As the young voice of the reader flooded the church, my mind was flooded with memories that her eulogy revived, and my eyes subsequently flooded with tears.
There was nothing poetic about the tragic way in which Ms. Lume died. It was horrifying. It was shocking. More than anything, I thought that her death was unnecessary. That a woman so kind and generous-hearted had to go in such a careless way seemed disrespectful to the memory of her wonderful life. For days since I received the news of her death, I’ve been getting flashbacks of the time I spent with her.
So, as I today have the words and the means to write them down, and as it is Women’s Day, and as Ms. Lume epitomized the perfect woman, this post is going to be a tribute to her and to all the other beautiful women, whom I never appreciate enough.
It was always taken for granted that if anyone needed help with their French, Ms. Lume’s tuition classes were the place to go to. And so, in my last year at high school, when the pressure to increase my scores started weighing down on me and I began to need extra help with my school work, the decision to join her class seemed but natural. Everyone in Panjim knew that she was the best French teacher around.
My acquaintance with Ms. Lume was short. I don’t remember my first impression of her, but I do remember marveling at how neat and organized she was on my first day at her tuition class. She handed me a freshly photocopied French rulebook (which she’d compiled and typed out herself, I would later find out), and pointed me to the nearest available chair. She gave me some six excercises to complete within the hour and turned to the next student, chastising him in her no-nonsense voice and good-naturedly pulling his leg at the same time. This was characteristic of Ms. Lume.
It always fascinated me that she could keep track of all her students, as she had so many of them. She not only remembered their names and the work she’d covered with them in the previous class, but also knew what kind of mischief they were likely to be up to and who they liked to sit with in class. It sometimes annoyed me that when I walked in, she almost instinctively knew who I was going to sit with and directed me to an unoccupied table so that I could waste as little time as possible in conjugating as many verbs as possible. She understood her students very well, which is why it was nearly impossible to fool her.
At times I thought she was a little hard on me. On that first day, after I’d submitted my work for correction, she didn’t commend me for having done all that work in just under an hour, nor did she remark on the near accuracy of my answers. Instead, she just tick-marked each page and told me I ought to go through my mistakes in order to not commit them again. It was much later that I realized that she’d only push a student to do what she thought they were capable of doing, and that is the mark of a good teacher,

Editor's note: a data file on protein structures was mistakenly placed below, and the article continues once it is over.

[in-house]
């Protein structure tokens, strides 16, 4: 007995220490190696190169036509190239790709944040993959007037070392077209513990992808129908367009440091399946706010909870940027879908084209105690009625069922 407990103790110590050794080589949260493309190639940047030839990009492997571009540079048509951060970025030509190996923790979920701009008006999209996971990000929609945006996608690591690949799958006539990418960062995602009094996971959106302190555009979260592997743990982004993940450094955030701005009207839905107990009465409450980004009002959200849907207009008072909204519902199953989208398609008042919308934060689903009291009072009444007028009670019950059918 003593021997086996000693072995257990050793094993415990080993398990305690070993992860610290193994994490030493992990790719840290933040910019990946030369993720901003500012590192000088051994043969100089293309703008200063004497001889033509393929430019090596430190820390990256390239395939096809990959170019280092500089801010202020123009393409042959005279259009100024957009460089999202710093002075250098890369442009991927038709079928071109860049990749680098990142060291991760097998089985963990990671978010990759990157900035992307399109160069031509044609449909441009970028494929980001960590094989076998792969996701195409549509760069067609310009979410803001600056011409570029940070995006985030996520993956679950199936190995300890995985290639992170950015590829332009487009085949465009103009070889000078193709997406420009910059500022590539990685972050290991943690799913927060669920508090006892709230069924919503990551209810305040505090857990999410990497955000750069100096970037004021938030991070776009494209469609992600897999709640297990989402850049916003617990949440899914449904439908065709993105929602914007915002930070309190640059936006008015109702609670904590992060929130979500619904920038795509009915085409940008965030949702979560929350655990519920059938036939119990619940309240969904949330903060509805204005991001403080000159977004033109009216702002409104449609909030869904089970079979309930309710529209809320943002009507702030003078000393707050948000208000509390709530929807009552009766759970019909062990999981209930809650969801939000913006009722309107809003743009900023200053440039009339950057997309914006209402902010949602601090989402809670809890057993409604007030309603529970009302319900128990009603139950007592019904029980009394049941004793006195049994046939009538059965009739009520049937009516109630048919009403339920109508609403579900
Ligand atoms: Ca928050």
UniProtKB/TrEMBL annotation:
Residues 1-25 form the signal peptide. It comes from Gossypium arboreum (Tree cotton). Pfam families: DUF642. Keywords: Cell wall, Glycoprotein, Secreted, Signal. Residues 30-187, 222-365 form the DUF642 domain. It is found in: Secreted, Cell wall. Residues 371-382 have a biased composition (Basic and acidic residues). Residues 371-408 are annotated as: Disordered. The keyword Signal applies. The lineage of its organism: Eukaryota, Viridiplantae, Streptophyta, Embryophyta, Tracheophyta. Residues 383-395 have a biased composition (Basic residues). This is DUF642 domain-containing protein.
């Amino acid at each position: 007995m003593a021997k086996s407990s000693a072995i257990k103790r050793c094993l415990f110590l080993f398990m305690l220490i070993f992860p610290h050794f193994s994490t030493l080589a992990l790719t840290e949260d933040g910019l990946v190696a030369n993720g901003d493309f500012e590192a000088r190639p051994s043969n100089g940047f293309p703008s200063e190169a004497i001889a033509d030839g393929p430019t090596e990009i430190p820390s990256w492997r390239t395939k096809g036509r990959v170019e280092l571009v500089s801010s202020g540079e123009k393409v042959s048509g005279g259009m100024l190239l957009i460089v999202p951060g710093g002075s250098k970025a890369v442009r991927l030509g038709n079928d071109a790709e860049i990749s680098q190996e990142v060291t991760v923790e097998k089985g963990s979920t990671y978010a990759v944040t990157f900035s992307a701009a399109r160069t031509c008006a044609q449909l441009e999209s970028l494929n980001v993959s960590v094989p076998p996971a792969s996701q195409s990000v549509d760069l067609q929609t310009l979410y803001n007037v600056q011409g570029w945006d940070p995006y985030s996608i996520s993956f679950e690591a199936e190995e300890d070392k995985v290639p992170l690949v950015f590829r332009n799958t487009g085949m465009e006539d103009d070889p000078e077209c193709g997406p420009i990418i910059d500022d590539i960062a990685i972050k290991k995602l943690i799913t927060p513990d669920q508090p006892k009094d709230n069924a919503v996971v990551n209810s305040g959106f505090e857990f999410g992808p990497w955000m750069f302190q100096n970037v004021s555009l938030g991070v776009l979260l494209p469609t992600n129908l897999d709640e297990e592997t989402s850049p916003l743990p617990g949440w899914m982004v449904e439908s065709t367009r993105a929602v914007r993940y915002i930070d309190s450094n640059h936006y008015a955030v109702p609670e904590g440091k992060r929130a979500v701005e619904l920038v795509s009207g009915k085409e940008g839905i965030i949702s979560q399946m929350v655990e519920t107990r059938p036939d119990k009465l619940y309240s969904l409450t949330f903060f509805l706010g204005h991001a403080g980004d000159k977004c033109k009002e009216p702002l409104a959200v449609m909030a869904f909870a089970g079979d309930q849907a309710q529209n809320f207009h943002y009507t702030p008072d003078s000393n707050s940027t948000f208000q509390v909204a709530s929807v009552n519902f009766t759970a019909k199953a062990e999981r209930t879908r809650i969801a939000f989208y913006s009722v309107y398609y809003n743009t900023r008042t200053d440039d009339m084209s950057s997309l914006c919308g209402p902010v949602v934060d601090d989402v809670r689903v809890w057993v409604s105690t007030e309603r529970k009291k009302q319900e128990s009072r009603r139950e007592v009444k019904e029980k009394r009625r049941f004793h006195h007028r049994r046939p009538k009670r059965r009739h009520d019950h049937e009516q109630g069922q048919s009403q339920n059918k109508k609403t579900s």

She devoted a lot of time to her students, and I don’t think any of us really appreciated that. She’d teach continuously from 3 till 7 in the evening, six days of the week. In addition to that, she took the time to type out worksheets for us. She often seemed quite harried, but she seemed to love teaching, and so we knew her occasional complaints were only half-hearted.
She would often sit by one of her students and chat with them for a while. Some of us would grumble about having to listen to her talk, but in truth, we quite enjoyed her stories.
She was also generous. I remember when it was her birthday; she offered all her students some snacks and drinks. The number of cards she received on that day was testament to the fact that she was loved by her students, by everyone who knew her.
Polished nails, clothes that matched, her pretty face lighting up when she laughed, the neat labels on all the folders in those Godrej cupboards that lined the wall, the little stickers on the cupboard doors, the tumbler of water and glasses thoughtfully placed on a table for her students, the holiday timetables she’d hand out to everyone at the beginning of the year, the shoe rack that greeted you when you climbed the stairs to her house: memories of a brief acquaintance with a wonderful lady.
I can almost imagine her shaking her head sadly at the sorry state of the world and launching into a small monologue on youth on motorcycles, if it had been someone else other than her.
The lives of the best women are not documented on film or on paper. They are documented through the eyes and ears of the people that surround them, the people they love, the people that love them and the people that observe them in society.
Ms. Lume was an exemplary woman, and her death seems so unfair. But in a way, it has highlighted her vibrant life more vividly and ensured that the story of it will remain etched in out minds and hearts forever.